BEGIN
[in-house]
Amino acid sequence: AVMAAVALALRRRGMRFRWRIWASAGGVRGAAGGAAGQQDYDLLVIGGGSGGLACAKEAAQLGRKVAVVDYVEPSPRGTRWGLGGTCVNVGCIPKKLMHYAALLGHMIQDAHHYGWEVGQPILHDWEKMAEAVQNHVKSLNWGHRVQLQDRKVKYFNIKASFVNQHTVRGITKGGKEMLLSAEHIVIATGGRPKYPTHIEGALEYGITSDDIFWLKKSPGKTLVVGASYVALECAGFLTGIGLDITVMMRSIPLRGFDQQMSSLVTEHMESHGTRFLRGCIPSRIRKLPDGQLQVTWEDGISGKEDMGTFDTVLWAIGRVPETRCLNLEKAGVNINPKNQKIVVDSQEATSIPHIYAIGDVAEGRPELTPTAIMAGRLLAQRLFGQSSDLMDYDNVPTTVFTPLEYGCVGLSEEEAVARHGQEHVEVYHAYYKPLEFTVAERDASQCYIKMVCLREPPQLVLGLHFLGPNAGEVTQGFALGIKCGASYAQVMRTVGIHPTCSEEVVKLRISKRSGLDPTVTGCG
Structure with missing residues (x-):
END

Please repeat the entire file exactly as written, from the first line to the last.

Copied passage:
[in-house]
Amino acid sequence: AVMAAVALALRRRGMRFRWRIWASAGGVRGAAGGAAGQQDYDLLVIGGGSGGLACAKEAAQLGRKVAVVDYVEPSPRGTRWGLGGTCVNVGCIPKKLMHYAALLGHMIQDAHHYGWEVGQPILHDWEKMAEAVQNHVKSLNWGHRVQLQDRKVKYFNIKASFVNQHTVRGITKGGKEMLLSAEHIVIATGGRPKYPTHIEGALEYGITSDDIFWLKKSPGKTLVVGASYVALECAGFLTGIGLDITVMMRSIPLRGFDQQMSSLVTEHMESHGTRFLRGCIPSRIRKLPDGQLQVTWEDGISGKEDMGTFDTVLWAIGRVPETRCLNLEKAGVNINPKNQKIVVDSQEATSIPHIYAIGDVAEGRPELTPTAIMAGRLLAQRLFGQSSDLMDYDNVPTTVFTPLEYGCVGLSEEEAVARHGQEHVEVYHAYYKPLEFTVAERDASQCYIKMVCLREPPQLVLGLHFLGPNAGEVTQGFALGIKCGASYAQVMRTVGIHPTCSEEVVKLRISKRSGLDPTVTGCG
Structure with missing residues (x-):